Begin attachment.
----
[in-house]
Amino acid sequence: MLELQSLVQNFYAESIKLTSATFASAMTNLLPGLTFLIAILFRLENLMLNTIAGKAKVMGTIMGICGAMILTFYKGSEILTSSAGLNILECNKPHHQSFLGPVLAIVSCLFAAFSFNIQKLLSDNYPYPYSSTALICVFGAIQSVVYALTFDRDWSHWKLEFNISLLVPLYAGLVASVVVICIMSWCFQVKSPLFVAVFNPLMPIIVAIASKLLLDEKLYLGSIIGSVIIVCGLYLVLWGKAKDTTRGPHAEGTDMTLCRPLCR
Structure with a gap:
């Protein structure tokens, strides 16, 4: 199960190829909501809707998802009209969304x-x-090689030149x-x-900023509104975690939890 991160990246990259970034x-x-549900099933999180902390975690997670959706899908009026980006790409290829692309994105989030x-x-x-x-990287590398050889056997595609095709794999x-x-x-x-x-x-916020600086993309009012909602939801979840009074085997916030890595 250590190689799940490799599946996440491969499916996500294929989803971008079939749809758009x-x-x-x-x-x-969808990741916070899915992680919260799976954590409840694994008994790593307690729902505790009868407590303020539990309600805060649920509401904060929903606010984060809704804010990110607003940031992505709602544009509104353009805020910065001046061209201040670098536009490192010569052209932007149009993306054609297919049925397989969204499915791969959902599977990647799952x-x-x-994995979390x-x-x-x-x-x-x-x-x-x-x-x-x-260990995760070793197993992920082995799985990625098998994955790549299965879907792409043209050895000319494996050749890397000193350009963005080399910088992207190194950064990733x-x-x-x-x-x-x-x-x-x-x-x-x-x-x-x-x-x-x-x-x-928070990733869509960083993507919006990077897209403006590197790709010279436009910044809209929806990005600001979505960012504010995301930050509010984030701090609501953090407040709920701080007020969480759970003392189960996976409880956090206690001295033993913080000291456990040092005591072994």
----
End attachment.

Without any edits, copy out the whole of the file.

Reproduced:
[in-house]
Amino acid sequence: MLELQSLVQNFYAESIKLTSATFASAMTNLLPGLTFLIAILFRLENLMLNTIAGKAKVMGTIMGICGAMILTFYKGSEILTSSAGLNILECNKPHHQSFLGPVLAIVSCLFAAFSFNIQKLLSDNYPYPYSSTALICVFGAIQSVVYALTFDRDWSHWKLEFNISLLVPLYAGLVASVVVICIMSWCFQVKSPLFVAVFNPLMPIIVAIASKLLLDEKLYLGSIIGSVIIVCGLYLVLWGKAKDTTRGPHAEGTDMTLCRPLCR
Structure with a gap:
């Protein structure tokens, strides 16, 4: 199960190829909501809707998802009209969304x-x-090689030149x-x-900023509104975690939890 991160990246990259970034x-x-549900099933999180902390975690997670959706899908009026980006790409290829692309994105989030x-x-x-x-990287590398050889056997595609095709794999x-x-x-x-x-x-916020600086993309009012909602939801979840009074085997916030890595 250590190689799940490799599946996440491969499916996500294929989803971008079939749809758009x-x-x-x-x-x-969808990741916070899915992680919260799976954590409840694994008994790593307690729902505790009868407590303020539990309600805060649920509401904060929903606010984060809704804010990110607003940031992505709602544009509104353009805020910065001046061209201040670098536009490192010569052209932007149009993306054609297919049925397989969204499915791969959902599977990647799952x-x-x-994995979390x-x-x-x-x-x-x-x-x-x-x-x-x-260990995760070793197993992920082995799985990625098998994955790549299965879907792409043209050895000319494996050749890397000193350009963005080399910088992207190194950064990733x-x-x-x-x-x-x-x-x-x-x-x-x-x-x-x-x-x-x-x-x-928070990733869509960083993507919006990077897209403006590197790709010279436009910044809209929806990005600001979505960012504010995301930050509010984030701090609501953090407040709920701080007020969480759970003392189960996976409880956090206690001295033993913080000291456990040092005591072994």